Comfort Classics: David Meadows




The world is in a state of upheaval at the moment, and we’re all looking for things to make us feel less anxious. Maybe Classics can help.




Today’s interview is with David Meadows




Is there a source from the ancient world that you find yourself coming back to when you want to feel better?


The sarcophagus at the Metropolitan Museum depicting the contest between Sirens and Muses.






When did you first come across this sarcophagus?


I honestly can’t recall but it was during one trip down a rabbit hole when I was looking for photos of portrayals of Sirens.




Can you tell me a bit about this story and its context?


The story is mentioned in one of Pausanias’ books (and probably elsewhere) of the Sirens being talked into a singing contest with the Muses. The Muses won, and then plucked the feathers from the poor Sirens to make victory crowns. The sarcophagus in the Met is from the third century or so and depicts the whole progression of the contest.






What is it about this sarcophagus that appeals to you most?


I  love the ‘narrative’ of the sarcophagus. From left to right we see Zeus et al as judges, a few vignettes from the contest in a way that appeals to modern sensibilities — the best is the Siren taking on Euterpe and they look like a pair of metal guitarists competing at some Battle of the Bands. As the scene closes on the right the vanquished Sirens are depicted almost as fallen warriors. Outside of the great visuals, it’s also a great metaphor for social media, with the Sirens distracting you from the serious stuff represented by the Muses. In real life, though, the Sirens sometimes win.






And finally… what do you do, outside of Classics, to cheer yourself up?


 I  watch far too many sporting events for my own good.




David Meadows has an MA in Classics (Queen’s) and was ABD (McMaster) when the decision was made to head into elementary-level education instead. Even so, he is actively involved in the ‘internet side’ of the Classical World and has been blogging at rogueclassicism for 17 years — the sarcophagus mentioned above is the current anchor picture for the site. For the past decade he has been curating #Classicstwitter and continues to whinge about how Classicists should be making more use of the Internet and social media than they currently are.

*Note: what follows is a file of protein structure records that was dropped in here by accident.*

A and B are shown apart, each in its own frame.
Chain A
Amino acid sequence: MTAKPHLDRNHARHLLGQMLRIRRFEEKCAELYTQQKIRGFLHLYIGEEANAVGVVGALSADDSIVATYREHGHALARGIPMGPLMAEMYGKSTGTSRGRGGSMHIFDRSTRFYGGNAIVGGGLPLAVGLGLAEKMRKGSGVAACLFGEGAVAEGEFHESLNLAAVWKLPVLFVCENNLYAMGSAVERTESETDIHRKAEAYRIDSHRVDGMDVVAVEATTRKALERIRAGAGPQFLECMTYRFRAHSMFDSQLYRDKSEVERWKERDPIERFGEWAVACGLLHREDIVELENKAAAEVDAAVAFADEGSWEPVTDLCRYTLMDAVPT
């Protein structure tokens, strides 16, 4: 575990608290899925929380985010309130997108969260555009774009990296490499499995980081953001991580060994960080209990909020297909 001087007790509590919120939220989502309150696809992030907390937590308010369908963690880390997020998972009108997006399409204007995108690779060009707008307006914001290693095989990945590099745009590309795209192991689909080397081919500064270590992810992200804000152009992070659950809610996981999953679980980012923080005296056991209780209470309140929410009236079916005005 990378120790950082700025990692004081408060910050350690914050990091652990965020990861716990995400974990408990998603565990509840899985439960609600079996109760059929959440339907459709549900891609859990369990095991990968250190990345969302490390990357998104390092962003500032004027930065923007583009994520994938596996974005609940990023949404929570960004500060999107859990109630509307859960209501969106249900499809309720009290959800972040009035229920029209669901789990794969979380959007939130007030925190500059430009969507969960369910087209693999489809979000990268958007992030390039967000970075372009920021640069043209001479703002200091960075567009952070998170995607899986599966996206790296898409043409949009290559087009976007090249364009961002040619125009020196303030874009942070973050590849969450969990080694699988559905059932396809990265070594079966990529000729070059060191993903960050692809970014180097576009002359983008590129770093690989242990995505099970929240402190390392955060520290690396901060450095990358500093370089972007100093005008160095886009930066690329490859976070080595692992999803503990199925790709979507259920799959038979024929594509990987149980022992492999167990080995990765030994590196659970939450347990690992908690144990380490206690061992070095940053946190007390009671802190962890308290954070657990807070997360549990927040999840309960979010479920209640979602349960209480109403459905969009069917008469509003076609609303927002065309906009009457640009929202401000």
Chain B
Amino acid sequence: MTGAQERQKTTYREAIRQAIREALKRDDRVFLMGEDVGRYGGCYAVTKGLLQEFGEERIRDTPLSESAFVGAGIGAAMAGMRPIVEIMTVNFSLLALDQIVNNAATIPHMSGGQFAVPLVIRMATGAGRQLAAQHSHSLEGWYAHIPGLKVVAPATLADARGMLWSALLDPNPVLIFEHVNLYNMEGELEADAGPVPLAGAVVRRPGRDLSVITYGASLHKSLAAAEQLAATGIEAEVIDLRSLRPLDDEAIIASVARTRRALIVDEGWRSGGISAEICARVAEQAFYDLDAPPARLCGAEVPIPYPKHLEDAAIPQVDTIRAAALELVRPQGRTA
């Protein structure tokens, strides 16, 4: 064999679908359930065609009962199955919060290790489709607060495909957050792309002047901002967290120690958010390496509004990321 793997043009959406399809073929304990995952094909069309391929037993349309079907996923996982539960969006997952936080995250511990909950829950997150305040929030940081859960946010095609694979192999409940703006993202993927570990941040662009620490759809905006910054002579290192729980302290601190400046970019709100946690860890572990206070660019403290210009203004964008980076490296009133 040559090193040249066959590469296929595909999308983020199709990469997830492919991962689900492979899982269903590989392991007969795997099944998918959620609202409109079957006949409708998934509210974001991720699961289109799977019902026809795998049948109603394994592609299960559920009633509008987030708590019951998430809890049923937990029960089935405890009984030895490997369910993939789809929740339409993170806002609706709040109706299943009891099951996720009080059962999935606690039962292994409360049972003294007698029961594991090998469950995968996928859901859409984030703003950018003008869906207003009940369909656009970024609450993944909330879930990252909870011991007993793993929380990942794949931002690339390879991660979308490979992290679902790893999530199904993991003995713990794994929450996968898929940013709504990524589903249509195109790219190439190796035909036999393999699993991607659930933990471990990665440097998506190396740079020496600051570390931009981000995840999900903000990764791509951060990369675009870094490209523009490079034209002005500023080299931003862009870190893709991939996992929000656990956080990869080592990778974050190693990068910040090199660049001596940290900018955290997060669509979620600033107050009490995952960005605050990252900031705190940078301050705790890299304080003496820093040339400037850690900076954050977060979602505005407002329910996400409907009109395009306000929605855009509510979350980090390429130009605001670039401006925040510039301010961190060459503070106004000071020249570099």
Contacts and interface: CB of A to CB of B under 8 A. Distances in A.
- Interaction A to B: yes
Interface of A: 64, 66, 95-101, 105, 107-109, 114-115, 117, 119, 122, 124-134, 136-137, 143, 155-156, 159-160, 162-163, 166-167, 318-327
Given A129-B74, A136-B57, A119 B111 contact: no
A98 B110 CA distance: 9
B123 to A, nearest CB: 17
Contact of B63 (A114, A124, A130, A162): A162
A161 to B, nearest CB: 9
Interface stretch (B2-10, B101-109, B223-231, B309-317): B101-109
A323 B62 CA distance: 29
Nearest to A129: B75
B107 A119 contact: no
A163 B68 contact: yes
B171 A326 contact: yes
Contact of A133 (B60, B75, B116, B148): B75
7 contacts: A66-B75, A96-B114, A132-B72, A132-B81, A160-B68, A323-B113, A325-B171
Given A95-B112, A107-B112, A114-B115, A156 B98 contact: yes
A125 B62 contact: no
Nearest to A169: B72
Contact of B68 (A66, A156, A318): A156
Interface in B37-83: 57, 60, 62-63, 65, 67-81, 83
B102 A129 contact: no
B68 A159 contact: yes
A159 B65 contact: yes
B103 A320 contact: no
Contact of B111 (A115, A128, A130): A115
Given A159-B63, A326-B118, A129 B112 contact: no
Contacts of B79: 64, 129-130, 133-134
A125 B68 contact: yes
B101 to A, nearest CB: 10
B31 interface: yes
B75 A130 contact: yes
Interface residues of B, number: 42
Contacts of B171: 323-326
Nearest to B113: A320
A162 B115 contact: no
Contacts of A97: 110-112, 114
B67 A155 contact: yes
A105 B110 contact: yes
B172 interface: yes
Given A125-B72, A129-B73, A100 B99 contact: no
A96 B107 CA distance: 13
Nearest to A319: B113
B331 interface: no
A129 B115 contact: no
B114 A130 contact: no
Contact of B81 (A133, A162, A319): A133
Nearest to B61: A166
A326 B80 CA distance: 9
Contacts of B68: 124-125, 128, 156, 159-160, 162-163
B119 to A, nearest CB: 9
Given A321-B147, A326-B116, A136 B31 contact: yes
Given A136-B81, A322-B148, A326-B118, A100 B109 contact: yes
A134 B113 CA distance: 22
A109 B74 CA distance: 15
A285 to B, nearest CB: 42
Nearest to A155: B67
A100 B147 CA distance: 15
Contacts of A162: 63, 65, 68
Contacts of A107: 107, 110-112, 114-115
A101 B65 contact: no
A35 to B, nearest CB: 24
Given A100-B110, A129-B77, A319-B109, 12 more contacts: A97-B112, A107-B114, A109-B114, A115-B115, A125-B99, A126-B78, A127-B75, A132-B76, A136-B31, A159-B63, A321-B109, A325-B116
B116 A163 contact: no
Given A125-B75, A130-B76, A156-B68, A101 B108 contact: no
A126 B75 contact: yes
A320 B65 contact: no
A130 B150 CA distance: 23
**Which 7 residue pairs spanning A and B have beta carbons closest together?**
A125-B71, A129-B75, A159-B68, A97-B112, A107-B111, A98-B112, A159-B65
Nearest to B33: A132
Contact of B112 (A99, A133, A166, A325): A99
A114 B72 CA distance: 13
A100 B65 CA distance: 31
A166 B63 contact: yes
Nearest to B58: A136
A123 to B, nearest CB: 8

4 thoughts on “Comfort Classics: David Meadows

  1. Thank you – oh my gosh, that is beautiful. As you point out the progression is stunning but I also love the way it seems to flow, my eye is naturally being taken to the fallen Sirens.

    Probably a stupid question but, what is the significance of the ‘head’ and I have no idea what it is but looks like a ball on the ground? Both seem to be deliberately framed.

    Liked by 1 person

  2. I’m guessing that the ‘head’, or mask, and ‘ball’, or globe, are attributes of the two muses shown partially in the background(and indeed behind these attributes), the mask attributed to the tragic muse Melpomene and the globe belonging to Urania, this organization of space being the major challenge to busy sarcophagus scenes. Jupiter, Juno(I think),and Minerva look rather pained at having to listen to the contest, though the alpha male at least can sit through it! I like these busy scenes though, there’s lots to see (I also like the busy South Italian vase scenes too).

    Liked by 1 person

  3. As a further thought to the above (and to appreciate more the sculptor’s organizational skill – as Colin above well noticed, the mask and globe are quite prominent, and I would like to think it is not down to clumsy design!), perhaps these attributes refer in some way to the life and career of the deceased?

    Liked by 1 person

    1. I love it when it leaves us guessing – it’s like the ‘diver’ tomb fresco from Paestum.

      Looking at it it certainly doesn’t look like a mistake or bad design. I know it is different but there is a mosaic in the Roman Vill at Brading on the Isle of Wight which features a Medusa at its centre BUT the head is not ‘square on’ or ‘diagonal’ as such. I don’t know why – is it a mistake and simply bad design (I think not as it is part of a larger, well constucted design) or is it that guests would not be looking directly at a Gorgon when visiting? And don’t get me started on the reasoning behind the human with a chicken’s head mosaic.


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